The Complete Fairy Tales & Other Stories
By Hans Christian Andersen - online book

Oxford Complete Illustrated Edition all his stories written between 1835 and 1872.

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to go to sea again, because it pleased him to do so. And Elsie kissed him on the mouth when she heard that, for she loved Martin best.
In the early morning Jurgen purposed to start. On the evening before his departure when it was already growing late, he felt a wish to visit Martin once more ; he started, and among the dunes the old fisher met him, who was angry at his going. The old man made jokes about Martin, and declared there must be some magic about that fellow, ' of whom all the girls were so fond.' Jurgen paid no heed to this speech, but said farewell to the old man, and went on towards the house where Martin dwelt. He heard loud talking within. Martin was not alone, and this made Jurgen waver in his determination, for he did not wish to encounter Elsie; and on second consideration, he thought it better not to hear Martin thank him again, and therefore he turned back.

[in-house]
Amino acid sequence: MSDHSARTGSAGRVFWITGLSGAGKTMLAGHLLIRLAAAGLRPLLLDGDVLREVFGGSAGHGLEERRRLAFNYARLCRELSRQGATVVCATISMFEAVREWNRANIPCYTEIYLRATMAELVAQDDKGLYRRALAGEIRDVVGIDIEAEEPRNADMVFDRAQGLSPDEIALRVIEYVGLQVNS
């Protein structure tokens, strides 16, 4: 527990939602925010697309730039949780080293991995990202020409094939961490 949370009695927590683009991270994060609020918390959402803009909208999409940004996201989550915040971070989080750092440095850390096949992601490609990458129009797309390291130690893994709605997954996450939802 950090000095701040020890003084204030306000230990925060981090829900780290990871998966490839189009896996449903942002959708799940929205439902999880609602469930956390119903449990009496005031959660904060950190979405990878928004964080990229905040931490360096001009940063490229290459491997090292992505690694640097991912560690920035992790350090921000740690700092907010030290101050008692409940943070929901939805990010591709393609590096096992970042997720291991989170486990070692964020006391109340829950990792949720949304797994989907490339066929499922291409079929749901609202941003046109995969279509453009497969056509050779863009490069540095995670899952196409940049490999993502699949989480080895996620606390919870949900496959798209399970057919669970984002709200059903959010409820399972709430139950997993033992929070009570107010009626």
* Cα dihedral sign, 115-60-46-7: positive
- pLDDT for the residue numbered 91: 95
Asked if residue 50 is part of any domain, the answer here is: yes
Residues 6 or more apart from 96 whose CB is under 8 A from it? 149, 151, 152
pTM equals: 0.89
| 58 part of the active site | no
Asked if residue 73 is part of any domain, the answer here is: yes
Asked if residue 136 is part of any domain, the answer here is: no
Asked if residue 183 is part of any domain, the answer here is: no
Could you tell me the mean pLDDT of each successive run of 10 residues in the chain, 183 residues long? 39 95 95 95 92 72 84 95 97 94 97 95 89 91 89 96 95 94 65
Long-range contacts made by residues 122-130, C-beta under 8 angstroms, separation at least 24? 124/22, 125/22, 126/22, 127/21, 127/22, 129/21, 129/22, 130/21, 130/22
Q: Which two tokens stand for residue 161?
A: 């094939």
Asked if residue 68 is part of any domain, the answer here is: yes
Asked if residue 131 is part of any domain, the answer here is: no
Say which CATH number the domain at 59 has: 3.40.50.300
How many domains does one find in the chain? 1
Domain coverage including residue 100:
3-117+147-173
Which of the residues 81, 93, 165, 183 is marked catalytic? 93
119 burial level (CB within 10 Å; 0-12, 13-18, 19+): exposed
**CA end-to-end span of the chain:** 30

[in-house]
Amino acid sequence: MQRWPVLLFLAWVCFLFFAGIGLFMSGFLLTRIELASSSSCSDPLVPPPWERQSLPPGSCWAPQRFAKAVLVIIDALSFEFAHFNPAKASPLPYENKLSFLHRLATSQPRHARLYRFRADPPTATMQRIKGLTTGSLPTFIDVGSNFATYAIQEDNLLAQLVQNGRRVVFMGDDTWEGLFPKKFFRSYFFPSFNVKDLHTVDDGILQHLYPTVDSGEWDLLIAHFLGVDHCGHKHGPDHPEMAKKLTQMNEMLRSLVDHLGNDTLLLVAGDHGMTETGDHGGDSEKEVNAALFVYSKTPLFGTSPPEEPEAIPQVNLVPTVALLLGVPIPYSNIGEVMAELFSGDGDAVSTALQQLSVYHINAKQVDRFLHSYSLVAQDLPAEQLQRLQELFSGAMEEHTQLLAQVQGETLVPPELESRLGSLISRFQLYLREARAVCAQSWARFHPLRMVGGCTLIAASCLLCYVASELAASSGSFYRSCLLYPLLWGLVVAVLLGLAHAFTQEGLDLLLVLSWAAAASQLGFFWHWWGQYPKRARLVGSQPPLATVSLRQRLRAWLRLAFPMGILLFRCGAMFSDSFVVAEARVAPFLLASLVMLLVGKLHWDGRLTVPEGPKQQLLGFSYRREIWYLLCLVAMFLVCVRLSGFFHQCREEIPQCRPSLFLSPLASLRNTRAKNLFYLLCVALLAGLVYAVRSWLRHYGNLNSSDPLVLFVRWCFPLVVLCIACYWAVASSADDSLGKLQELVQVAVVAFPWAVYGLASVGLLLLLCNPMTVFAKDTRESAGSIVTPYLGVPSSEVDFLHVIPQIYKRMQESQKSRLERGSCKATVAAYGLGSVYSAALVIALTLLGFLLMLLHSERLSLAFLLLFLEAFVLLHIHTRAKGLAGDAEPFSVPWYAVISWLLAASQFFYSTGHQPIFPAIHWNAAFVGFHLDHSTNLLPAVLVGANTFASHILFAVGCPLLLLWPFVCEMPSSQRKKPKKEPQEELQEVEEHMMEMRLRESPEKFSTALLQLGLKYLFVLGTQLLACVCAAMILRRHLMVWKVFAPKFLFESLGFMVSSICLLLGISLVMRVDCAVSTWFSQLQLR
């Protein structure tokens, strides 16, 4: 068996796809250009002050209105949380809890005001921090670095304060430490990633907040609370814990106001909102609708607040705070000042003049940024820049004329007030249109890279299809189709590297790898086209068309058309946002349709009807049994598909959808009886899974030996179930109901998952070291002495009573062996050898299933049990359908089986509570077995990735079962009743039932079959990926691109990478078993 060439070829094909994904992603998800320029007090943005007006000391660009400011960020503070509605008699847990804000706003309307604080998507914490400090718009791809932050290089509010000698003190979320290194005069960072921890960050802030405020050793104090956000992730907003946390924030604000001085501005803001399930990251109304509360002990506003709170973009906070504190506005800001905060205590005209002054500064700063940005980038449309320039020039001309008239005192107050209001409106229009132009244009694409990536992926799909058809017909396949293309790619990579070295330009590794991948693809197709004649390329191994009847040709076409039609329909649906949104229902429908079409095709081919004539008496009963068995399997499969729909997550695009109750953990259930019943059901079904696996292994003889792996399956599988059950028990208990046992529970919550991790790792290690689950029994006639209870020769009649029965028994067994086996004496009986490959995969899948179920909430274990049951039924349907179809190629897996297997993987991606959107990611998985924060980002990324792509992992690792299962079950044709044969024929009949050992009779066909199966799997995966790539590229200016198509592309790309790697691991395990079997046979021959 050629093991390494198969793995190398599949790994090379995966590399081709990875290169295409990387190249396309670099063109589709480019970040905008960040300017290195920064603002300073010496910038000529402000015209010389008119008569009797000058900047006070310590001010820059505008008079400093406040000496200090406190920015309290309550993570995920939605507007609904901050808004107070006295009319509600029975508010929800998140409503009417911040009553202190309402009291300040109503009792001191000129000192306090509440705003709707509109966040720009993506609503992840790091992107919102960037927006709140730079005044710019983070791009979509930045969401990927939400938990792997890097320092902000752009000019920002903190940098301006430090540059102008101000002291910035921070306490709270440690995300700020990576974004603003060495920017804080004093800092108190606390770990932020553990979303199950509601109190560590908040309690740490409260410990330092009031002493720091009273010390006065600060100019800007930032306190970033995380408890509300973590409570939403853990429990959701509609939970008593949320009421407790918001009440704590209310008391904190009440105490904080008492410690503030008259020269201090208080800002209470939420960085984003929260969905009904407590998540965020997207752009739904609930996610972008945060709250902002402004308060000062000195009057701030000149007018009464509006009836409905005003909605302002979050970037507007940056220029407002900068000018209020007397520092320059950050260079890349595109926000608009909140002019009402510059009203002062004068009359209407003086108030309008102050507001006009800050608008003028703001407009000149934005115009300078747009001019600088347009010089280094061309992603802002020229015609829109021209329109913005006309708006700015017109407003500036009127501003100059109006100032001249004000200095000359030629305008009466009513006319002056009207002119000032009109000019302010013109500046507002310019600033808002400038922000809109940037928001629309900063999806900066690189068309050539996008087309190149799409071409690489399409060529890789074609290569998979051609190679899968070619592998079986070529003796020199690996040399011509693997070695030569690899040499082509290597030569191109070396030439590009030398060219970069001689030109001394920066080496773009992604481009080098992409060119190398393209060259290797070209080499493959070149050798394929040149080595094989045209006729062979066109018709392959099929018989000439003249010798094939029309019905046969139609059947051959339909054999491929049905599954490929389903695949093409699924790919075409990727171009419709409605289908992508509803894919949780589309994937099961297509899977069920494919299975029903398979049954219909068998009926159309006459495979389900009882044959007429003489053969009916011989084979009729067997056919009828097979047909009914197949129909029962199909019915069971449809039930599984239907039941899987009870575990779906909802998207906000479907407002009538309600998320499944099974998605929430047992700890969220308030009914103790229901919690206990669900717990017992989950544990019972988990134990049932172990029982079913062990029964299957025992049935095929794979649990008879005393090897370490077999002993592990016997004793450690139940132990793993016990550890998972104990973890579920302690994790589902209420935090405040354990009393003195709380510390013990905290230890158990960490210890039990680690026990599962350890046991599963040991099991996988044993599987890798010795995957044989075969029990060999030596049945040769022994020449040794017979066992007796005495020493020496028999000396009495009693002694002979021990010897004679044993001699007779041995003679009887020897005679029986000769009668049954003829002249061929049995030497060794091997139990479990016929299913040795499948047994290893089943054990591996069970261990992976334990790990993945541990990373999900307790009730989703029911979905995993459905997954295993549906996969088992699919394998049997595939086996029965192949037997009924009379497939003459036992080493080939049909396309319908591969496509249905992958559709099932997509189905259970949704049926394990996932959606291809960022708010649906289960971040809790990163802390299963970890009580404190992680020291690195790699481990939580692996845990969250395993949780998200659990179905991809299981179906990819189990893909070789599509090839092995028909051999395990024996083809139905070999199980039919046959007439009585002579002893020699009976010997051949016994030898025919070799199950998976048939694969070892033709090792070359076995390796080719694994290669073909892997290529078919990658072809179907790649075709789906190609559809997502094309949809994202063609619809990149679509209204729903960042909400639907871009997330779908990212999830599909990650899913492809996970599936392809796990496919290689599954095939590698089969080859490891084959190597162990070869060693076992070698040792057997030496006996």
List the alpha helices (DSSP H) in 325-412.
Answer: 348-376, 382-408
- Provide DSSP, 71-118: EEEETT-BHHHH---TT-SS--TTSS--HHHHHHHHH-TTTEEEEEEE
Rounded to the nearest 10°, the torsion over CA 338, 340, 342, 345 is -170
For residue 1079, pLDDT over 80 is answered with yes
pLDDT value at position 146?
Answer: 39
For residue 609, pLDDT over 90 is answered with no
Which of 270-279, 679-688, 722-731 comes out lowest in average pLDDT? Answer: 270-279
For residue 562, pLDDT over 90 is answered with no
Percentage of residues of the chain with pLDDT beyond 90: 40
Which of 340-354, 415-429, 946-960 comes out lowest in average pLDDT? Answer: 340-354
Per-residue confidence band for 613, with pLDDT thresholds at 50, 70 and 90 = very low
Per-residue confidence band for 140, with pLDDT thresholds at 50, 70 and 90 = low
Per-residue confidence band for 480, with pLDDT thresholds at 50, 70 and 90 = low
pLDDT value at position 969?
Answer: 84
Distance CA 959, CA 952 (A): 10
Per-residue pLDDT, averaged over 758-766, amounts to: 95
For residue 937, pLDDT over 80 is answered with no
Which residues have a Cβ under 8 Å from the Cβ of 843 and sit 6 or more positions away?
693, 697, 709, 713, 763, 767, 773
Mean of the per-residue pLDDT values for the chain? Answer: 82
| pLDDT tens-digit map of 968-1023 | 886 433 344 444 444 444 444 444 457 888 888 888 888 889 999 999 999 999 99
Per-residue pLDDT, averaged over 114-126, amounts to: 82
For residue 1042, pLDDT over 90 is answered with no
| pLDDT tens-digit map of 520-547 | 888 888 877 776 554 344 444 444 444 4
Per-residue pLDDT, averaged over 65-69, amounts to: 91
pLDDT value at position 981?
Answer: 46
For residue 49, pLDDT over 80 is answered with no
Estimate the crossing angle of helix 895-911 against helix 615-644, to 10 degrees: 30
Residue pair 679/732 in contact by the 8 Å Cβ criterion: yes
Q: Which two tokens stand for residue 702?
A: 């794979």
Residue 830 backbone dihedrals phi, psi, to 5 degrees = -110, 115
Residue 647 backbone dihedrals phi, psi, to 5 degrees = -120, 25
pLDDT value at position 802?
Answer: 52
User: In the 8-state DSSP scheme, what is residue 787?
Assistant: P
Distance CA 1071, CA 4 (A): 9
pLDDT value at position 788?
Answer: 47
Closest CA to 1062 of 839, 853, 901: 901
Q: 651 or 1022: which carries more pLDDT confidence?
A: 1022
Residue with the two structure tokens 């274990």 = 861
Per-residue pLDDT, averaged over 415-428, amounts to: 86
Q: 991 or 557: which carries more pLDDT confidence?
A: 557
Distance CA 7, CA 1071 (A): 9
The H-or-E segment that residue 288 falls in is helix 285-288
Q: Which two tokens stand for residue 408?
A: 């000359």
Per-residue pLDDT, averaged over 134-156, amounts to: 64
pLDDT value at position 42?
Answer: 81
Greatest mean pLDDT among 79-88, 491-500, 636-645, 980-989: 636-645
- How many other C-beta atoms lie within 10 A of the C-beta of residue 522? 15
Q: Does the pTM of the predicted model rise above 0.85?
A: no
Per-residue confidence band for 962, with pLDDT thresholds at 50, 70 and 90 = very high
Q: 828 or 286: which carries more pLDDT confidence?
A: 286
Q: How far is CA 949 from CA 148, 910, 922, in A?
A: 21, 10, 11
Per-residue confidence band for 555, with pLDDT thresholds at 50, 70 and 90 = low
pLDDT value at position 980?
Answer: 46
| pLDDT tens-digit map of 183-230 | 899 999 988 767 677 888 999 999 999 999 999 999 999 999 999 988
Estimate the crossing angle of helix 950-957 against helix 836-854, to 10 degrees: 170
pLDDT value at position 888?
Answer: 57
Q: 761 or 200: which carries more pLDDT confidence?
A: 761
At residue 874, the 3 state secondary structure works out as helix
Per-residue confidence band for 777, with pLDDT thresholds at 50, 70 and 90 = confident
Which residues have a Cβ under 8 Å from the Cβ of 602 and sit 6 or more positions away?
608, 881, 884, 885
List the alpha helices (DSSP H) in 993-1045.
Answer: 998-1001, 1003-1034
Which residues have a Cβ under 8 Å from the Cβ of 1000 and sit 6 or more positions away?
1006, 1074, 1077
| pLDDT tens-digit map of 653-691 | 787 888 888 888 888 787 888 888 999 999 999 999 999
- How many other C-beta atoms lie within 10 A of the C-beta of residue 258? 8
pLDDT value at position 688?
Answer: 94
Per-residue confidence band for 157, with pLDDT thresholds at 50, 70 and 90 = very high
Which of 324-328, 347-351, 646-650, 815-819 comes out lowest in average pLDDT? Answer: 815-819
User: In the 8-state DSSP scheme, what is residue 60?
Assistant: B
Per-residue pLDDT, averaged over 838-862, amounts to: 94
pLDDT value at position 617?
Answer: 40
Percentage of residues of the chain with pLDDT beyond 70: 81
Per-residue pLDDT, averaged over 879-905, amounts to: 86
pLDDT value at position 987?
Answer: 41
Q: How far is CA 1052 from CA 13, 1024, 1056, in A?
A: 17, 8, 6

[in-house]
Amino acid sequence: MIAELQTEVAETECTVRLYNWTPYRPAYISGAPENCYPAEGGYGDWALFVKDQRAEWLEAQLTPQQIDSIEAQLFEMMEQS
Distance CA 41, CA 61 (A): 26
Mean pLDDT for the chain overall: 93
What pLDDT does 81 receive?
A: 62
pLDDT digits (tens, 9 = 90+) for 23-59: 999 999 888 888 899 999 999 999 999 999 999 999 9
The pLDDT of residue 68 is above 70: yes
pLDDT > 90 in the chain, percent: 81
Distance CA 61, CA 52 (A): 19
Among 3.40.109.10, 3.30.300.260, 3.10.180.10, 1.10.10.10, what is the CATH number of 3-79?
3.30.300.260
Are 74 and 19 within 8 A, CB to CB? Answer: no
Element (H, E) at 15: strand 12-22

On the following morning, before break of day, he fastened his knapsack, took his wooden provision-box in his hand, and went away among the sand-hills towards the coast path. That way was easier to traverse than the heavy sand road, and moreover shorter ; for he intended to go in the first instance to Fjaltring, by Bowberg, where the eel breeder lived, to whom he had promised a visit.
The sea lay pure and blue before him, and mussel shells and sea pebbles, the playthings of his youth crunched under his feet. While he was thus marching on, his nose suddenly began to bleed : it was a trifling incident, but little things can have great significance. A few large drops of blood fell upon one of his sleeves. He wiped them off and stopped the bleeding, and it seemed to him as if this had cleared and lightened his brain. In the sand the sea eringo was blooming here and there. He broke off a stalk and stuck it in his hat; he determined to be merry and of good cheer, for he was going into the wide world—' a little way out of the door and up the river,' as the young eels had said. ! Beware of bad people, who will catch you and flay you, cut you in two, and put you in the frying-pan !' he repeated in his mind, and smiled, for he thought he should find his way through the world—good courage is .a strong weapon !